Health Alert: Increases in Suspected Overdoses in Philadelphia

Philadelphia continues to see an increase in unintentional drug overdose deaths, the majority of which have been attributed to heroin and fentanyl, an extremely potent synthetic opioid analgesic. Between December 1-5, 2016, 35 deaths in Philadelphia are strongly suspected of being due to unintentional drug overdoses. The decedents were 19 to 66 years old; 69% were men and 60% non-Hispanic white. Visits to Philadelphia emergency departments for overdoses increased over the same period of time (figure).

pdphoverdosedec12This sharp rise in fatal overdoses occurred in the context of an escalating public health problem in Philadelphia, which may experience as many as 900 overdose deaths in 2016. Fentanyl has been increasingly involved in fatal overdoses.

The Philadelphia Department of Public Health (PDPH) is working closely with other city agencies and community organizations to address the opioid crisis through three complementary approaches:

1. Reduce opioid prescribing: Most heroin users initiate opioid use by taking prescription opioids. Prescription opioid painkillers are addictive and can result in overdoses. PDPH and the Department of Behavioral Health and Intellectual disAbility Services, recently released Opioid and Benzodiazepine Prescribing Guidelines to promote judicious and safer prescribing.

2. Increase access to treatment: Addiction to opioids is a chronic disease for which there are several effective treatments. Medication assisted treatment with methadone or buprenorphine, in conjunction with therapy, has been shown to reduce opioid misuse. PDPH encourages expanded access to treatment with buprenorphine by primary care providers.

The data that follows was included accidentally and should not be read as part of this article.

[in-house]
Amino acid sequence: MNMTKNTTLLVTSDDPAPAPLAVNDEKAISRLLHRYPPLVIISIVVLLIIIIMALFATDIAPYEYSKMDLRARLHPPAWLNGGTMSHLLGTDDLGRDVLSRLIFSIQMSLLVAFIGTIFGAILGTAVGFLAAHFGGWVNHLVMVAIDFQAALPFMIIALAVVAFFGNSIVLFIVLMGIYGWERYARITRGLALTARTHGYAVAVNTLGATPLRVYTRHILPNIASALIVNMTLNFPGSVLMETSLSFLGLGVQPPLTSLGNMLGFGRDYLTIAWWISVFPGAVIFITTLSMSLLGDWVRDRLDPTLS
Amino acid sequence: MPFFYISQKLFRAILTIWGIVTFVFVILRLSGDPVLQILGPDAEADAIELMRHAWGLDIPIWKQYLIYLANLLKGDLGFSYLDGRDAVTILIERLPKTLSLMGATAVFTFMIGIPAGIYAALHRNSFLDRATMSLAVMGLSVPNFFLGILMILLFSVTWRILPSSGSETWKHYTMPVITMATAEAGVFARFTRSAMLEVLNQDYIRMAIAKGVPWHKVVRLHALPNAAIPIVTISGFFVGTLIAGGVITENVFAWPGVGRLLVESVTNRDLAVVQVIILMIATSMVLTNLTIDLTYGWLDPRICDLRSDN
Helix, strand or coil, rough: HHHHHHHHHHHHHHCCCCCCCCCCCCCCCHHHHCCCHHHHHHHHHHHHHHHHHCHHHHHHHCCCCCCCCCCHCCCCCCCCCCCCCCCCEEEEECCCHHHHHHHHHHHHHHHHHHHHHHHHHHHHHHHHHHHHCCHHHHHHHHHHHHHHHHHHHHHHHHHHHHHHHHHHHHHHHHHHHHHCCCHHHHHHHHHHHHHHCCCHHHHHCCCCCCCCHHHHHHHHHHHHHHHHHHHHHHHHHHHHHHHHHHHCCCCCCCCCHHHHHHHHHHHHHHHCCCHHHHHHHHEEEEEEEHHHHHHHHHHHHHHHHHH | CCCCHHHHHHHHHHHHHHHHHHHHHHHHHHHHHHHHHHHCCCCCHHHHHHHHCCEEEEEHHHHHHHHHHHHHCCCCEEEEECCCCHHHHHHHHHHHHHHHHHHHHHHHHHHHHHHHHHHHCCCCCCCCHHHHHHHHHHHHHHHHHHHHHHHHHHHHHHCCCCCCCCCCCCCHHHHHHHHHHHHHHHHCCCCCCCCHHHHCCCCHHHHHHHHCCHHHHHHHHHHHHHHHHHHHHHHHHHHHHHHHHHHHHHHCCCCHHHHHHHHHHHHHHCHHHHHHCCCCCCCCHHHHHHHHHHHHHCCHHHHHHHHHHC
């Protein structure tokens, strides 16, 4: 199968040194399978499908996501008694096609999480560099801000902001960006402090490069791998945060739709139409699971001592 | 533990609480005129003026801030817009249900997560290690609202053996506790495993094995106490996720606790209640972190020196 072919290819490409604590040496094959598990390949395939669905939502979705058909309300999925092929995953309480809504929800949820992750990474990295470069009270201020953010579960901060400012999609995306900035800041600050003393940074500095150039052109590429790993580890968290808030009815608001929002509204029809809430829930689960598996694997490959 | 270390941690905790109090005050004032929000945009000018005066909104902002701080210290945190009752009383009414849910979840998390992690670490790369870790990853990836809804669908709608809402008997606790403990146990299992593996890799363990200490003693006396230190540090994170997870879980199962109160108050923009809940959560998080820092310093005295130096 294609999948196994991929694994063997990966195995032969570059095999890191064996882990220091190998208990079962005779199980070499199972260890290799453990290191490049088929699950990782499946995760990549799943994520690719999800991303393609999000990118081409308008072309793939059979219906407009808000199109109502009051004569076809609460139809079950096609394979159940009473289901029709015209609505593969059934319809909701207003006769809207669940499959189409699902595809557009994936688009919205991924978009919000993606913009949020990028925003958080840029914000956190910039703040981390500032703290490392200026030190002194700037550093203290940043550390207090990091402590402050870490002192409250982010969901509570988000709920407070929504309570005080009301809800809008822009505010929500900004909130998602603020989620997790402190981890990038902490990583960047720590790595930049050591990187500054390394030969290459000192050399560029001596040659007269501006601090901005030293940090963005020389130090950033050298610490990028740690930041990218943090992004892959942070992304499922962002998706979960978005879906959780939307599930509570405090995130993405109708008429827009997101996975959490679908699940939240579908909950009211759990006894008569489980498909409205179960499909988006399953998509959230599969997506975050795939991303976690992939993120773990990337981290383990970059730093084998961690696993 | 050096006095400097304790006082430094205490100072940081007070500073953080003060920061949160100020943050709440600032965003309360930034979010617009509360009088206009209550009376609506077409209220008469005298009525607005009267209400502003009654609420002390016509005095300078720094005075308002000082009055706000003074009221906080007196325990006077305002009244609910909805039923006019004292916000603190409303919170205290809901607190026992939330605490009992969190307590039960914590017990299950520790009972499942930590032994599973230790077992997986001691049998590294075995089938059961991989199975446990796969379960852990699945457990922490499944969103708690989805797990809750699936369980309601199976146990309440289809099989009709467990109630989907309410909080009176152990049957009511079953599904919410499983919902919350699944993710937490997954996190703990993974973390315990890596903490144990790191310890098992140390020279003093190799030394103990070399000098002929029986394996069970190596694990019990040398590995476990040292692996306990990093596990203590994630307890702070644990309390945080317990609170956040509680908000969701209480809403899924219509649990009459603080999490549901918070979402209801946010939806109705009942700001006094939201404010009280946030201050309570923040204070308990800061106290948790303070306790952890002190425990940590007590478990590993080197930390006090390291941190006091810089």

3. Increase access to naloxone: Naloxone is an opioid receptor antagonist that rapidly reverses the effects of an opioid overdose. First responders in Philadelphia have used it hundreds of times in 2016, preventing people from fatally overdosing. PDPH is working to increase the awareness and availability of naloxone, and ensure that first responders and community members in high risk areas are trained.

PDPH urges medical personnel to help prevent opioid addiction and overdose by:

  • Helping patients with addiction begin substance use treatment. Because nonfatal overdoses often precede fatal overdoses, it is particularly important to assist patients who have experienced nonfatal overdose initiate treatment immediately.
  • Prescribing naloxone to patients who are chronic users of opioids so that the antidote is readily available if needed emergently.




© The Philadelphia County Medical Society 2011

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